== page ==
From the tight-binding picture of insulators, the band-gaps arise from the intrinsic energy differences between atomic orbitals energy levels. The largest I have found so far is roughly 10eV (amorphous SiO2). Of course this picture doesn't always apply, you can have insulating behavior from electron-electron correlations (e.g. a Mott insulator). However, for the most part, Mott gaps tend to be less than a few electron volts, so I am ignoring them.
My questions are the following:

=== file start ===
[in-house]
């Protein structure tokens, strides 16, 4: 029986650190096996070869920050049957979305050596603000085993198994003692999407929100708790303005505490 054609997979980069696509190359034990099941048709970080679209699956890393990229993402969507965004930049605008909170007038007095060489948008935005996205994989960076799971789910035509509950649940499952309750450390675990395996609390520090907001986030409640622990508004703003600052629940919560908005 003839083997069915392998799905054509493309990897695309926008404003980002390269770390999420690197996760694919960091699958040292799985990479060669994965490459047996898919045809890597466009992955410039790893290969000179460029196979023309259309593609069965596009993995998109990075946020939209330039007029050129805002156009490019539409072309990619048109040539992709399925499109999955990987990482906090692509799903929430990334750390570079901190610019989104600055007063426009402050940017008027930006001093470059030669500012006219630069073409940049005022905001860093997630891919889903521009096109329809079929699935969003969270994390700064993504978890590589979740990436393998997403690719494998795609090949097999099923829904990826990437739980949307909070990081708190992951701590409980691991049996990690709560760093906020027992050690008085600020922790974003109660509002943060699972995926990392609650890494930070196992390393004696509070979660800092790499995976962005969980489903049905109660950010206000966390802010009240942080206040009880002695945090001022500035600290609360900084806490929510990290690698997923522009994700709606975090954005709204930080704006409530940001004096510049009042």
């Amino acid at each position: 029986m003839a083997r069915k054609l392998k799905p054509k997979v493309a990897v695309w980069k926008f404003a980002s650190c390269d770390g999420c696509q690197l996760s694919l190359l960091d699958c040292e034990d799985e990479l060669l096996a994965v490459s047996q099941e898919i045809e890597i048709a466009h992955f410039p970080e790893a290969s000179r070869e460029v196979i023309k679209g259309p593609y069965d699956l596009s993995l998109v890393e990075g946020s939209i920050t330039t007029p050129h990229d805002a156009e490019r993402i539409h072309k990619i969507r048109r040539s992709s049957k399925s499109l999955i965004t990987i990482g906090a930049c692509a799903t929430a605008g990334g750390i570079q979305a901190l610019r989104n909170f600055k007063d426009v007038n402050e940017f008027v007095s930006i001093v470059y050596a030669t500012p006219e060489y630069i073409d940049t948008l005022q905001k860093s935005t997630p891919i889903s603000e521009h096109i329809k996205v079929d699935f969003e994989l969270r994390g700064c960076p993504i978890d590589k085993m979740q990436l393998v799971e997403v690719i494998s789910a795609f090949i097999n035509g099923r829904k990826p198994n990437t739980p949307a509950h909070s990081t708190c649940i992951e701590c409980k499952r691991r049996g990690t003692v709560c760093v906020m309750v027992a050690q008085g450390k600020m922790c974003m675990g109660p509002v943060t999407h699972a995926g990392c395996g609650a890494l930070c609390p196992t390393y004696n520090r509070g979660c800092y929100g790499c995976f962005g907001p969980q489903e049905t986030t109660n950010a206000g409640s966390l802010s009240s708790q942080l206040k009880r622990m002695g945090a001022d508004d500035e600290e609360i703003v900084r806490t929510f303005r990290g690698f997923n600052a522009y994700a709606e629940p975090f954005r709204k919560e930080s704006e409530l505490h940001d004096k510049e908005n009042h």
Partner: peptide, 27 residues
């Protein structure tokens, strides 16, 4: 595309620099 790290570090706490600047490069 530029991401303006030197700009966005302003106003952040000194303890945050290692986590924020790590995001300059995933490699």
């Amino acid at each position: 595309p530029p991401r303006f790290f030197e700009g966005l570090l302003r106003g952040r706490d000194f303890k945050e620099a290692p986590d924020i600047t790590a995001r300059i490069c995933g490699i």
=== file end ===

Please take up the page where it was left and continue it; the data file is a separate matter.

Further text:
- Is there a physical upper limit to the band-gap of insulators in general? What about the case where the constituents are specified?
- If there is such a limit, what is the smallest it could possibly be?
- What is the largest band-gap of a known material/system?
Naively, one could place an upper bound on the band-gap for a given system by looking at the largest energy difference between the underlaying atomic orbitals. However the number you get with this method tends to be quite large, so I feel that one could do much, much better than this.